Friday, 31 August 2007

Jay 21.5.01 - 28.8.07

Following months of illness Jay was not responding to treatment. After finding him in his bed asleep in his own urine and stools this morning I knew it was time …..I made the dreaded phone call to the vets and requested a home visit. There was no way I would consider putting Jay in the car and carting him over to the surgery again. Jay had refused to eat anything, even pilchards, and had flopped on the floor before returning back to his cleaned bed. After an examination the vet said that on top of everything else his heart was now struggling too. We all felt due to his deteriorating condition that it was kinder to let him go with some dignity. Our lives have been shattered once more.
It was February 2002 when along with Harry Wright I collected two German Shepherd pups for re-homing from their totally unsuitable homes. Jet was 6 months old, a victim of a broken marriage and was going to be fostered by Harry and Gill; nine month old Jay came here to stay with us. Up to this point the idea was that both pups would be rehabilitated and re-homed. On collecting Jay we where given his paperwork and I was gobsmacked to discover that he was the grandson of my lovely Dexi. (Blanik Alliance.)
Jay was a non-socialised hooligan who had been fed on weetabix, chips, chicken soup and all sorts of unsuitable rubbish. They hadn’t served him well and he was lean as well as having poor muscle development for his age. After the death of Blade the previous year there was room for another dog in our home, and in my heart. Jay became a permanent member of the “Blanik” family.
Back in April of this year, following a routine wormer, Jay had started to loose weight, had re-occurring diarrhoea and a ravenous appetite. By the beginning of May I was starting to feel concerned and tests revealed that “For idiopathic reasons the balance of his bowel had been disrupted and campylobacter was thriving in his bowel." How did it get there? I guess I'll never know as its main sources are from raw or badly cooked chicken. Other identified food vehicles include unpasteurised milk, undercooked meats, mushrooms, hamburger, cheese, pork, shellfish, and eggs. (and of course the dreaded Tripe) The organism is also occasionally isolated from streams, lakes and ponds. I don't give my dogs any raw meats and any cooked meats they may get are our left-overs. I guess it will always be a mystery as to where and when. My Vet was concerned that a seemingly health 6year old dog had not been able to fight this condition. Still with antibiotics Jay’s diarrhoea cleared quickly and over the next couple of weeks he showed signs of improvement.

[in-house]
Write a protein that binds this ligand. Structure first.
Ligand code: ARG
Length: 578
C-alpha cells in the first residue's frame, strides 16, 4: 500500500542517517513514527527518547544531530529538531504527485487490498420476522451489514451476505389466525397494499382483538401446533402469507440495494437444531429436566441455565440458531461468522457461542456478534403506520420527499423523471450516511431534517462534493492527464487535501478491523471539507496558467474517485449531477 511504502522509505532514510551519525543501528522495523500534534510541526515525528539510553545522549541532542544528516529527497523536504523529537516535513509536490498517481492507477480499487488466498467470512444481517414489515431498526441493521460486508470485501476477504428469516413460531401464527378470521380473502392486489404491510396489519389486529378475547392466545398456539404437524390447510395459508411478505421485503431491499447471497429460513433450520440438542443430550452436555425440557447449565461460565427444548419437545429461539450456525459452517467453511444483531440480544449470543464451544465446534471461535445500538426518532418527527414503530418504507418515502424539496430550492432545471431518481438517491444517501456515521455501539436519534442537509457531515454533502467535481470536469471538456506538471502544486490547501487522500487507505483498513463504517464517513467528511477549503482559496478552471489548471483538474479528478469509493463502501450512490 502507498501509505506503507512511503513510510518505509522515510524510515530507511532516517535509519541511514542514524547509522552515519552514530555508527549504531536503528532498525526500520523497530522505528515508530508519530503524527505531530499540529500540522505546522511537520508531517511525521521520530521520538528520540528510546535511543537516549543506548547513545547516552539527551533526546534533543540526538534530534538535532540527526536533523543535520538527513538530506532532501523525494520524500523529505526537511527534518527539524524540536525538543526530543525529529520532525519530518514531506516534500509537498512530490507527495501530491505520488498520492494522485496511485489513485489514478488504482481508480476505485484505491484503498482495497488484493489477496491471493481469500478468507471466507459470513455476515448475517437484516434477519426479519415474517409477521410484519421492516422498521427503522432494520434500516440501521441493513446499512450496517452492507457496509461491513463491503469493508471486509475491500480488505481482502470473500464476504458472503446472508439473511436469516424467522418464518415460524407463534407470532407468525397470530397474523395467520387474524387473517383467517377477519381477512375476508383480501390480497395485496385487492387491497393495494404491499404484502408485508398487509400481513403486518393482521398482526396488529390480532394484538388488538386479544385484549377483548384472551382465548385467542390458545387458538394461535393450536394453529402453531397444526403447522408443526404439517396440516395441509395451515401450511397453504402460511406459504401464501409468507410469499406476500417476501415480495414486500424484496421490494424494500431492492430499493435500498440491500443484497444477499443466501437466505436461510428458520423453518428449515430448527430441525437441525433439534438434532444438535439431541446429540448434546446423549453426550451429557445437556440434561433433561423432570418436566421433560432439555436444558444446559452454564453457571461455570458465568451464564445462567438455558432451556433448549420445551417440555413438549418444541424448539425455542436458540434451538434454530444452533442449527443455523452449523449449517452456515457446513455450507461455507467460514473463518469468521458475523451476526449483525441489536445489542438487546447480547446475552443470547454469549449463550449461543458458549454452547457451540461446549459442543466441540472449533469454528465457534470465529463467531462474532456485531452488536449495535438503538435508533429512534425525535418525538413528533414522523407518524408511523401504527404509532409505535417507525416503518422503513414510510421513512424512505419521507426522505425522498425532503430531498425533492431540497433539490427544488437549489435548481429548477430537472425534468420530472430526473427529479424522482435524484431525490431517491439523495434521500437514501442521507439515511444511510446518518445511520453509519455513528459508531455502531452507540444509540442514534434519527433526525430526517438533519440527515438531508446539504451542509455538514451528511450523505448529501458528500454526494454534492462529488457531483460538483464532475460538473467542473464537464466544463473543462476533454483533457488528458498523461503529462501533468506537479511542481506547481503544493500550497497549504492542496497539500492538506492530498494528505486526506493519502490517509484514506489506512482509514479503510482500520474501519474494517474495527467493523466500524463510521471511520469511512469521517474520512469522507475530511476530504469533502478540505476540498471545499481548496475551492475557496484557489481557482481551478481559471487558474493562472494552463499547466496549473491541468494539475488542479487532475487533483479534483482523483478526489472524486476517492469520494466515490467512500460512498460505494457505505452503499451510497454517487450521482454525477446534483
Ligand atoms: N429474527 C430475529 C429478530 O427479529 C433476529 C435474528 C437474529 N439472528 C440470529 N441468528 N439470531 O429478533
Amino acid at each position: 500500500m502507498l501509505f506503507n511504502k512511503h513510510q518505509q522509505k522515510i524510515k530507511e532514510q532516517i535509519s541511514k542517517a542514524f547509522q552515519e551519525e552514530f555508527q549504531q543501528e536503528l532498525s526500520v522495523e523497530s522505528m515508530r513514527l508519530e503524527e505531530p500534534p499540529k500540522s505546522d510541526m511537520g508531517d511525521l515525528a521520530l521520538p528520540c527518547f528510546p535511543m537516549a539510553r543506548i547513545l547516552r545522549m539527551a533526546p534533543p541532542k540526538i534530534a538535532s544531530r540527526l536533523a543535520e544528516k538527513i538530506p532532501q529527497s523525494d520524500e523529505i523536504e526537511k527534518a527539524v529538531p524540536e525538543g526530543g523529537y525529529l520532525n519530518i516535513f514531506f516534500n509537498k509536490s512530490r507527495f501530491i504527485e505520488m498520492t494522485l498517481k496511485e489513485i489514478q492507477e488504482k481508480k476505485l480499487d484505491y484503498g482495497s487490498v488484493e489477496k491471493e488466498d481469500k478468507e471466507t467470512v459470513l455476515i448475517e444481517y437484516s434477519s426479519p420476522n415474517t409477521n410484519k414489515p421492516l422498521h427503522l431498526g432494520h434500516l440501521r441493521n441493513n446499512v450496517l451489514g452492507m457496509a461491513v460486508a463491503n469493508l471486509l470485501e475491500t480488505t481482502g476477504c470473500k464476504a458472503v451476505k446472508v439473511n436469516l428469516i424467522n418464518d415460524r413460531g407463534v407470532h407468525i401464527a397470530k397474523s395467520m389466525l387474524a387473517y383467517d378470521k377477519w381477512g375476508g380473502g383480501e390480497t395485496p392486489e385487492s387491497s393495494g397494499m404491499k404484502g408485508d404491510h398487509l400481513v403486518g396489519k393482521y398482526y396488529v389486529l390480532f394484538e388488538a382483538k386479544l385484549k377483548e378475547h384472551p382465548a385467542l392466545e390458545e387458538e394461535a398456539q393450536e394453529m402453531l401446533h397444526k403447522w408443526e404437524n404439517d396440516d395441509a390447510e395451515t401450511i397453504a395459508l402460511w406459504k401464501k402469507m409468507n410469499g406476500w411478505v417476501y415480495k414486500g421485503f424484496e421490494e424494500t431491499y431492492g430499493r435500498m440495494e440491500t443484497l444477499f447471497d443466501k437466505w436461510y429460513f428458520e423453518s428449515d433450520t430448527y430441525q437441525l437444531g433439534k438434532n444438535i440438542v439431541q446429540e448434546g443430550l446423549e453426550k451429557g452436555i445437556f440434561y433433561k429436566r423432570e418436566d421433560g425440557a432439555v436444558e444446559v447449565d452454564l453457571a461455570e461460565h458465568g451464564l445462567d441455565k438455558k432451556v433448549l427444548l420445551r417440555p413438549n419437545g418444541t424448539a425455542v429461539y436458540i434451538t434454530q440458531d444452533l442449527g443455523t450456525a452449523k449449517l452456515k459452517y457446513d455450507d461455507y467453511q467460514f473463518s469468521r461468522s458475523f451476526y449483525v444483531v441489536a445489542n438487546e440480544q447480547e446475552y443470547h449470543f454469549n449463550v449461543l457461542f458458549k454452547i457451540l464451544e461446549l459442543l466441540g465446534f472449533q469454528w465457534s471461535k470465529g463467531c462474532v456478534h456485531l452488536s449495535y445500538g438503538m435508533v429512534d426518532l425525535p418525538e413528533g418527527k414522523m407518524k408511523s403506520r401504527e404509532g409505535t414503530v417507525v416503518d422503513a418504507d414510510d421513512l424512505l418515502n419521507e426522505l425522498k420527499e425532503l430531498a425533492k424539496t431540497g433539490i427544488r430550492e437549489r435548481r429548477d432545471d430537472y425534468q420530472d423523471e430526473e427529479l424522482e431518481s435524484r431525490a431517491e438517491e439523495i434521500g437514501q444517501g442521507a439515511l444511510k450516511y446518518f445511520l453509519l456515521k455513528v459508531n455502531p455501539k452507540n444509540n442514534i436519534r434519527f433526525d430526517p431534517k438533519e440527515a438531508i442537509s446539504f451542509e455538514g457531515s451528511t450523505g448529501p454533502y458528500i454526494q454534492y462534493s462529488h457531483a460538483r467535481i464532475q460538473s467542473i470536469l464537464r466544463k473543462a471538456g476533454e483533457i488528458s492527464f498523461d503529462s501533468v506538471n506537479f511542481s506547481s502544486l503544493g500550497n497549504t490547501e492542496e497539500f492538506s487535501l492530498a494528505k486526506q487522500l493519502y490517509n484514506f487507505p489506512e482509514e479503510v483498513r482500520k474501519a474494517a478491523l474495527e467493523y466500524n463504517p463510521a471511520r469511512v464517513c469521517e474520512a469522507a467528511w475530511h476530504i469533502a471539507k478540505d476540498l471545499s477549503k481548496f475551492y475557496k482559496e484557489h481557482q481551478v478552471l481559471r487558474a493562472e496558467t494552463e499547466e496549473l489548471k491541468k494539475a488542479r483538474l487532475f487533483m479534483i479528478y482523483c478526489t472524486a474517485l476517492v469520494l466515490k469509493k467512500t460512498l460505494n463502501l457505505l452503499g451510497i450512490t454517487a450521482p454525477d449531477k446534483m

Sadly it wasn’t long before Jay started to go down-hill again. He started to refuse food and developed a taste for stones, slate, coal and concrete. (even lifting the carpet to try and eat the stone floor) He was lethargic and more tests revealed he had protein losing enteropathy and chronic anaemia, which by the time the results came through was even obvious to the untrained eye. He was given weekly B12 injections, as well as antibiotics and later steroids. We tried several herbal pills and lots of “health” products but nothing seemed to help. Some days Jay flatly refused to eat anything, except a small slice of liver to try and help with the anaemia, and to be honest most of what he did eat came straight through him anyway.
An honest 65cm at the withers Jay was never a heavy dog, his average weight being 34-36kg. To see him down to 24kg was heartbreaking, but still he was a young dog, so I always hoped for the miracle that never came.
For a while at the beginning of August Jay seemed to improve; he put on 2kg, his colour improved slightly, his appetite increased and his stools became reasonably normal. But over one week, and by last Friday he had again lost the weight he had earlier gained, he refused to eat and slept all day. I think I knew then that we were now living on borrowed time, but as I said earlier I just prayed for a miracle.
Some day I hope I can forget the sad shadow of the dog that I have lived with these last few months. I would like to remember Jay as the clown, the idiot, the handfull that until this illness he truly was. I often said, “if he’d been my first German Shepherd I’d have never had another.” But seriously I blamed his poor upbringing for his rather loutish behaviour and really our “Captain Chaos” was quite a character. The Jay I loved was a loud-mouthed hooligan, but predictably safe in all situations. He never showed aggression or nervousness; he was just a lovable fool.
I remember walking Jay with Dexi when he hadn’t been here that long. He kept irritating Dexi with a silly high-pitched non-stop bark; bark, bark, bark in his ear. Finally Dex lost his cool and pinned him down, the only problem was they were in the lake at the time. I really thought he was going to drown him. I screamed and Dexi let go of him. Jay pulled his head out of the water, his ears hanging down with the weight of the water; he quickly composed himself, ran behind Dexi and gave one loud high- pitched bark….there was just no telling that young lad!